We hope this project helps you get active and explore East Lothian with friends and family. Inspired by the history and beauty of the region we live in, we are creating maps that will encourage you to spend time outdoors.
Get your walking shoes on, fill a flask with tea, bet into a great mood and start walking with us!
Fond us on facebook and instagram for walk updates, events and a place to share your pictures and discoveries. Help us with ideas for the next map!
Below is a brief description of the three walks on this map, and some history of the landmarks you’ll see
Nungate Bride to Stevenson Bridge
This is an easy walk full of places to explore. At the Nungate Bridge end you can visit St Mary’s Pleasance (aka the Secret Garden) and St Mary’s Parish church. There are great spaces for picnics on the grass and, just after the Poldrate, don’t miss the nearly 200 year old tree planted for Queen Victoria! Our walk ends at Stevenson bridge, a white pedestrian bridge that could take you to Bolton or Lennoxlove on foot. You can stay here and play on the wee river beach, or walk a little further to see the weir.
Now a pedestrian bridge, it was once a main route into Haddington, used by numerous invading armies. It is one of Scotland’s oldest bridges dating from the 16th-century, although a bridge has stood here since at least 1282.
St Mary’s Pleasance
Known by many as “the secret garden”, this17th-century private garden occupies 1.6 acres between St. Mary’s Churchyard and Haddington House, the oldest dwelling in haddinton, dating from 1648. Some of the garden’s boundary walls were built by Napoleonic prisoners of war.
Lady Kitty’s garden & the doocot
Lady Catherine Charteris’ walled garden contains a cylindrical dovecote. In the Middle Ages, it was a training ground for archers as well as a bowling ground. You’ll find a Pétanque pitch here now.
St Marys Parish Church
At 62.8m long, St Mary’s is Scotland’s longest church – a touch longer than St Giles’ Cathedral in Edinburgh. Building work was started in 1375 and completed in 1462 but by 1549 it was in ruins due to the siege of Haddington. John Knox insisted it was rebuilt in 1561 and further renovations have been made over the centuries.
Though built on the site of a mediaeval mill, the present buildings are largely 18th-century. This is the only remaining mill of three that Haddington boasted. Milling ceased in 1965, and the mill is now home to the Poldrate Centre who run a varied programme of arts classes.
Built in 1817, the foundation stone was laid on the anniversary of the Battle of Waterloo, hence the name.
River Tyne Path
Serenity, Cascades & Picnics
Drive between the cemetery and football club, cross the Tyne and turn right. Follow the path downstream past the Cascade where there’s a great picnic spot.
When you reach Abbey Bridge, there are few options: you can walk back to town, continue under the bridge along the river another 5K to Hailes Castle (+2 to East Linton), or you can use the bridge to cross the river and turn right into Amisfield Walled Garden. From there you can follow our Amisfield Park walk back to town.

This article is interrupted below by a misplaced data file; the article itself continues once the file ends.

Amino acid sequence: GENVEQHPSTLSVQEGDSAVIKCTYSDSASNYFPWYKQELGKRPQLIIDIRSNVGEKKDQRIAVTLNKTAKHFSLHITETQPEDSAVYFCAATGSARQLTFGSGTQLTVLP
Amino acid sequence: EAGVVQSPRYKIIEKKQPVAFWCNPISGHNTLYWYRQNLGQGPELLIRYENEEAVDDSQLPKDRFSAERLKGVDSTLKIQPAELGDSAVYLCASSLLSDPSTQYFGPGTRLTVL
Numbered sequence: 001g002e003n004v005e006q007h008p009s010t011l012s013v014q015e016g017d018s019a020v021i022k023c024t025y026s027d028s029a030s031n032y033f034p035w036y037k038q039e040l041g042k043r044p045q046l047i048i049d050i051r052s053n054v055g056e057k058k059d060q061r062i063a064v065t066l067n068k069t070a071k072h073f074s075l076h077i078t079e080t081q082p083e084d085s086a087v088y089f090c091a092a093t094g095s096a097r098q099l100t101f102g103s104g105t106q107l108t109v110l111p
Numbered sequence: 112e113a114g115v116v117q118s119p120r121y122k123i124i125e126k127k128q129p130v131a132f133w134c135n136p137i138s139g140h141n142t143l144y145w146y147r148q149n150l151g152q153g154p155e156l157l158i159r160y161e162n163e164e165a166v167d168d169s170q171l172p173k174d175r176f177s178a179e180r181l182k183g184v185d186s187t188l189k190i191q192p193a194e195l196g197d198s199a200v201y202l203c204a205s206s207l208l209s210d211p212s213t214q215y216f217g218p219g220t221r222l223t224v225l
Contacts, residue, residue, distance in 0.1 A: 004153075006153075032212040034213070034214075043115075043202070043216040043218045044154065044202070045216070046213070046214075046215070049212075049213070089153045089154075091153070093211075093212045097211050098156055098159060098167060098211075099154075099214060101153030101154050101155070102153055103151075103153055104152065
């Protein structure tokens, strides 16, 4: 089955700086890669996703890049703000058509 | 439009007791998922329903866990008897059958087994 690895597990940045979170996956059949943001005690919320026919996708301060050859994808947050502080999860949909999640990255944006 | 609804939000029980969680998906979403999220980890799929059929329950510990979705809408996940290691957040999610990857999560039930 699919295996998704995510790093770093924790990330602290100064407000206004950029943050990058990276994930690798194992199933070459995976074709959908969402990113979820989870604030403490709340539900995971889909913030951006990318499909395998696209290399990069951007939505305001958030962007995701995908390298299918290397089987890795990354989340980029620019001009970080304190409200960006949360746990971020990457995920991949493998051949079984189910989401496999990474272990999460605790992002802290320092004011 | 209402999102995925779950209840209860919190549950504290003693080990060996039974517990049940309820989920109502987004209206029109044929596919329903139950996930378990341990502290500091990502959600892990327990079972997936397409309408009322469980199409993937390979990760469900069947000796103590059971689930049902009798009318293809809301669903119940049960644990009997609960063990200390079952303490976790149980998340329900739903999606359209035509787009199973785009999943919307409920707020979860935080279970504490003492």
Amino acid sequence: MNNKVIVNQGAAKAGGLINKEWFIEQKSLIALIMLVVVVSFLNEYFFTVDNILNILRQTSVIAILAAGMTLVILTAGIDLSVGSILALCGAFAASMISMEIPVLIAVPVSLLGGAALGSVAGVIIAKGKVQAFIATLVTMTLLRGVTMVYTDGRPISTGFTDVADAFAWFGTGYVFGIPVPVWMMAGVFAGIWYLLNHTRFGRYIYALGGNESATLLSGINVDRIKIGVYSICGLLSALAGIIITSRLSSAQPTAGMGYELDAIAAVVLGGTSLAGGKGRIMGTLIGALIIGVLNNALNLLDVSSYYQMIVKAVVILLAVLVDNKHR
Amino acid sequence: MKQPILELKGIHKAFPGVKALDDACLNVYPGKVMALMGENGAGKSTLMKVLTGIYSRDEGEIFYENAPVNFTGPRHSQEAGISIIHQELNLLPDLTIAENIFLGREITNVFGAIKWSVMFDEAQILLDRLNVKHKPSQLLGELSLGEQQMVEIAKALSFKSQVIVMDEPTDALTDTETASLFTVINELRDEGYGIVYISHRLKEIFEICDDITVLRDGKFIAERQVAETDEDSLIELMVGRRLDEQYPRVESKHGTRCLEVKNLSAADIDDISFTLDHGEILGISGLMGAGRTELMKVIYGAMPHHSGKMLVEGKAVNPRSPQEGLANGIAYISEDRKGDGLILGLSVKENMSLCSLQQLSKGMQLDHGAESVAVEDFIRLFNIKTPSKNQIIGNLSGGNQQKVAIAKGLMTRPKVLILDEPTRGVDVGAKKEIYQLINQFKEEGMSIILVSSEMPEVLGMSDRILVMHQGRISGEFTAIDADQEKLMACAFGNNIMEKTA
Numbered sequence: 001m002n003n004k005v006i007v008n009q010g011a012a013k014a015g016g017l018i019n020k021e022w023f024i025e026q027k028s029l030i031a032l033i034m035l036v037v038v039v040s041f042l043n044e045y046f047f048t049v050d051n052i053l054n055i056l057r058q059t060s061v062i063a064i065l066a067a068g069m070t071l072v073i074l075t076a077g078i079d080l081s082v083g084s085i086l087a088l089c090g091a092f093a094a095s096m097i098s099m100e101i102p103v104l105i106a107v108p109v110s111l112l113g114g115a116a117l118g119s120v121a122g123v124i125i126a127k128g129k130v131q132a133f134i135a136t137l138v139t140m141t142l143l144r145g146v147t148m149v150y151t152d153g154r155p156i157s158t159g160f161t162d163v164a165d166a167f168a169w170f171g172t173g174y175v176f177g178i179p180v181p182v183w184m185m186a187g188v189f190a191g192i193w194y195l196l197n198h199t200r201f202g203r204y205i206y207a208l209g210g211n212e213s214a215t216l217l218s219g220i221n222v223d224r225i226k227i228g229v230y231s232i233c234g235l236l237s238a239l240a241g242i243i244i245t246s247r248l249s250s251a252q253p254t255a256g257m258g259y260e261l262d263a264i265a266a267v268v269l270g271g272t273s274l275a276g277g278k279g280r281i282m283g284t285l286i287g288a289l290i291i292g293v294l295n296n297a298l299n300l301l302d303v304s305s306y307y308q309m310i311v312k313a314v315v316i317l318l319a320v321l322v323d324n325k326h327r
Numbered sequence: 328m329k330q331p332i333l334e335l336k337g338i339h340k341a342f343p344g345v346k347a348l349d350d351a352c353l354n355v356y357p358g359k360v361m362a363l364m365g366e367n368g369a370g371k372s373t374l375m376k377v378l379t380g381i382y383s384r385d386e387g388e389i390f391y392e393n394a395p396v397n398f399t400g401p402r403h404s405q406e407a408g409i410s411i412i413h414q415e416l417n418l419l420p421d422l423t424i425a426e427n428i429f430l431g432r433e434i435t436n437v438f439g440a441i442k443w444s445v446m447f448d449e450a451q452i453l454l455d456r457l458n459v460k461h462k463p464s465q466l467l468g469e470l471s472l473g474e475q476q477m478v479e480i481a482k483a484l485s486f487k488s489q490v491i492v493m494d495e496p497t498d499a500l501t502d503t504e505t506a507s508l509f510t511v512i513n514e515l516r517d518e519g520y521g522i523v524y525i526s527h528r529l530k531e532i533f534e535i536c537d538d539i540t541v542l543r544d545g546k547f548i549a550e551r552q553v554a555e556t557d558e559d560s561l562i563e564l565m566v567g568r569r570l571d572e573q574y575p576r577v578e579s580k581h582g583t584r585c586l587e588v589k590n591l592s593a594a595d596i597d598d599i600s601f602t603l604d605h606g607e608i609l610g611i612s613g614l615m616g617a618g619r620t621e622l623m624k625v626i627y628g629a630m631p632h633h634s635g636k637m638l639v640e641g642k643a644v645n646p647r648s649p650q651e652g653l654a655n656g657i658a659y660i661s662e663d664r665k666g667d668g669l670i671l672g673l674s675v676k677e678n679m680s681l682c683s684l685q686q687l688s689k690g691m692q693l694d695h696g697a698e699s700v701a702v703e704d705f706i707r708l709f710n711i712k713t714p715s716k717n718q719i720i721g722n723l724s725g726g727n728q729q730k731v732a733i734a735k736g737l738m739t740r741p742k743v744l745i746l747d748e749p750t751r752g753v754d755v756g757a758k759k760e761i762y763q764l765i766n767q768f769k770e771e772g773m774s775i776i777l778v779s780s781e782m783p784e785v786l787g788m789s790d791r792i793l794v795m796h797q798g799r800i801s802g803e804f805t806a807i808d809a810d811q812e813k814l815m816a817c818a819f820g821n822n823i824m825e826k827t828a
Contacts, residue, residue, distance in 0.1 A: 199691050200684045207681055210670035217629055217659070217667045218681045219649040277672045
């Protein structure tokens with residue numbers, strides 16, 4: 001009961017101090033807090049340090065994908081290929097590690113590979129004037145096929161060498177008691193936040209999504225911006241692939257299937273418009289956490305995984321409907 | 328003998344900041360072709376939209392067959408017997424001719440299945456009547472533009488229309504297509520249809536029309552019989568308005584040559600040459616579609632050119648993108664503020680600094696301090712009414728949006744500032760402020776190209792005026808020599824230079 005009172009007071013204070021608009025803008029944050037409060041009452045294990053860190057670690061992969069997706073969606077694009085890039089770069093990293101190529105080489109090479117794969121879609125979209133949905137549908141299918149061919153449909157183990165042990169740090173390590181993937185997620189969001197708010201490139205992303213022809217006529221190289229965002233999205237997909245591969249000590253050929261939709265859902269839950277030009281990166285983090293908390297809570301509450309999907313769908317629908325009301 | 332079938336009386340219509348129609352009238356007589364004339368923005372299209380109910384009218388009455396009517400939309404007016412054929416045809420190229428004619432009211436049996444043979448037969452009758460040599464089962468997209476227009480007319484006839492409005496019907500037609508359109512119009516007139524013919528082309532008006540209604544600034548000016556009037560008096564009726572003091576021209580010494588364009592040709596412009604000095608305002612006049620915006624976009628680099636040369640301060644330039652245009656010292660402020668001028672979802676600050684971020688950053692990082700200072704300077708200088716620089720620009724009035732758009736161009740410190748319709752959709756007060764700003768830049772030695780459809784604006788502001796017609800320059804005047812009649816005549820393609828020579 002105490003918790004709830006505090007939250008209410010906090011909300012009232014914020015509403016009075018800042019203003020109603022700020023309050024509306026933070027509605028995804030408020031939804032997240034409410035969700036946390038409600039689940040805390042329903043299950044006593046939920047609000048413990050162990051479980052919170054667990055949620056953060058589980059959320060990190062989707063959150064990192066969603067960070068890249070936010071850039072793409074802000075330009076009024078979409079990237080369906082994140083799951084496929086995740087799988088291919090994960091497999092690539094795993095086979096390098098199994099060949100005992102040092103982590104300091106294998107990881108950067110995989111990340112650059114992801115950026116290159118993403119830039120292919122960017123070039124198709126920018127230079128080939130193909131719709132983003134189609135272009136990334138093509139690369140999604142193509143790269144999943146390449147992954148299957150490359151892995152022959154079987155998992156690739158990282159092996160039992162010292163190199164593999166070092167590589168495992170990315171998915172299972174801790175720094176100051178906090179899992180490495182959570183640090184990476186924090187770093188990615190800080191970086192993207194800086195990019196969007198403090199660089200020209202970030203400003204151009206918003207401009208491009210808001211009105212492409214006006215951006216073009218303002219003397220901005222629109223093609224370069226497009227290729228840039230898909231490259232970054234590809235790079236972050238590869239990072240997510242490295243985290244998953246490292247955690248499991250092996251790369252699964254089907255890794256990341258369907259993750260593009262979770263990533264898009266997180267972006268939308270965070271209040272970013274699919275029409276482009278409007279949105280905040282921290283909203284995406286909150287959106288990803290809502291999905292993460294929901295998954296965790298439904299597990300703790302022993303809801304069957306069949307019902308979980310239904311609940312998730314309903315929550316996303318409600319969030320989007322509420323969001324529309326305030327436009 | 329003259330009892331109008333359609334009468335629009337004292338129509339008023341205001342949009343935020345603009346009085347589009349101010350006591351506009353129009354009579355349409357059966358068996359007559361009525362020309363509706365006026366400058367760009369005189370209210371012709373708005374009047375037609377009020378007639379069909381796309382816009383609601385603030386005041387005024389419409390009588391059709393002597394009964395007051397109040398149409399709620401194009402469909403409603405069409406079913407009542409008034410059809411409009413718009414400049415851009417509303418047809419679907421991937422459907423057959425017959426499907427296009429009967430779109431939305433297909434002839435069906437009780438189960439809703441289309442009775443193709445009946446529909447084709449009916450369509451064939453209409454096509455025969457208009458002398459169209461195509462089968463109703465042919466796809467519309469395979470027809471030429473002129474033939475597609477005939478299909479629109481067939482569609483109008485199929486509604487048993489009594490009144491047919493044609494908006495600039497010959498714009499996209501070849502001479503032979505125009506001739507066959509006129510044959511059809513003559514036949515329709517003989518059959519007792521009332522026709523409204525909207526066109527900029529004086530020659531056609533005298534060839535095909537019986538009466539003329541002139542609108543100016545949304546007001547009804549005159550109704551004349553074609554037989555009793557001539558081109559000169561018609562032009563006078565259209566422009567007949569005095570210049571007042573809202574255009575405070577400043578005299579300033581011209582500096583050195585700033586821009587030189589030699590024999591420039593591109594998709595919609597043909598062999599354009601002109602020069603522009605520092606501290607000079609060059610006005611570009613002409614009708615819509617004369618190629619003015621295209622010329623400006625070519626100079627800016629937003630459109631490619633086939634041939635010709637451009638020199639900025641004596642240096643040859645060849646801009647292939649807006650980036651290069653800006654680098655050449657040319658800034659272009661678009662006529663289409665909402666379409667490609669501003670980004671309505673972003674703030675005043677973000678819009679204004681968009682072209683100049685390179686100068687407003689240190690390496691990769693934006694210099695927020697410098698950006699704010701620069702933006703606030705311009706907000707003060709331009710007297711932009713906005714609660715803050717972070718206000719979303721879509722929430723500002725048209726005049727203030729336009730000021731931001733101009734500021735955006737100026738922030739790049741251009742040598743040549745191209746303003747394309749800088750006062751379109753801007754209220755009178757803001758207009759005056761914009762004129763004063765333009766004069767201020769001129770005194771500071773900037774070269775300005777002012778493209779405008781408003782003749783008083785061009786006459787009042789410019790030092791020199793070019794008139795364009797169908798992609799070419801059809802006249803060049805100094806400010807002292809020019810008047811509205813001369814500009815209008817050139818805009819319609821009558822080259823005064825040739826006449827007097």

Walled Garden, Summer house… and wathch out for golf balls!
Start at the main gate of Haddington Golf Course on Whittingehame Drive and follow the private road through the golf course. Just after the club house, hidden between trees on your left hand side, is Amisfield Summer House – have a peek but only when there are no golfers on the adjacent tees! Return to the path, follow it through the trees and you will eventually find the walled garden on your right. NB your nose might notice the sewage works just before you reach the garden!
St Martin’s kirk
A remnant of the century that saw the establishment of the parochial system, the kirk belonged to the Cistercian Nunnery of St Mary’s which was near Amisfield walled garden. It is a rare survival – an original parish church from the 1100s.
Amisfield walled garden & summer house
One of the largest in Scotland, the garden lies within Amisfield Park, an 85-hectare estate which formed the grounds of Amisfield House. The mansion (demolished in 1928) was built in the 1750s by Isaac Ware for Francis Charteris of Wemyss.
The Summer House, a mid-18th-century temple folly was probably also built by Isaac Ware and was where the family would entertain guests. The land is now part of Haddington Golf Course.
in town on your way
Built in 1748, the Town House initially held a council chamber, jail and sheriff court. Assembly rooms were added in 1788, and a new clock in 1835. The steeple curfew bell has been ringing at 7am and 10pm since 1532.
The current market cross dates from 1881. The goat was most likely adopted as Haddington’s coat-of-arms around 1296, in the time of the first-mentioned provost.
Brown Memorial Fountain
Erected in 1924, it originally consisted only of the centre piece with four drinking cups attached by chains. In Victorian symbolism, the four lions represent guardianship and Samson symbolises strength. During restoration in 1998 it was converted to an ornamental fountain and given a plinth set inside a stone basin.
Haddington (well, we might as well…)
The name Haddington is Anglo-Saxon, dating from the 6th- or 7th-century.
In 1128, Haddington received burghal status from king David Ⅰ, making it one of the first towns to have trading rights which encouraged its growth into a sizeable market town. In the High Middle Ages, it was the fourth-biggest city in Scotland after Aberdeen, Roxburgh and Edinburgh.
King Alexander Ⅱ of Scotland was born here in 1198 and John Knox was born here around 1510.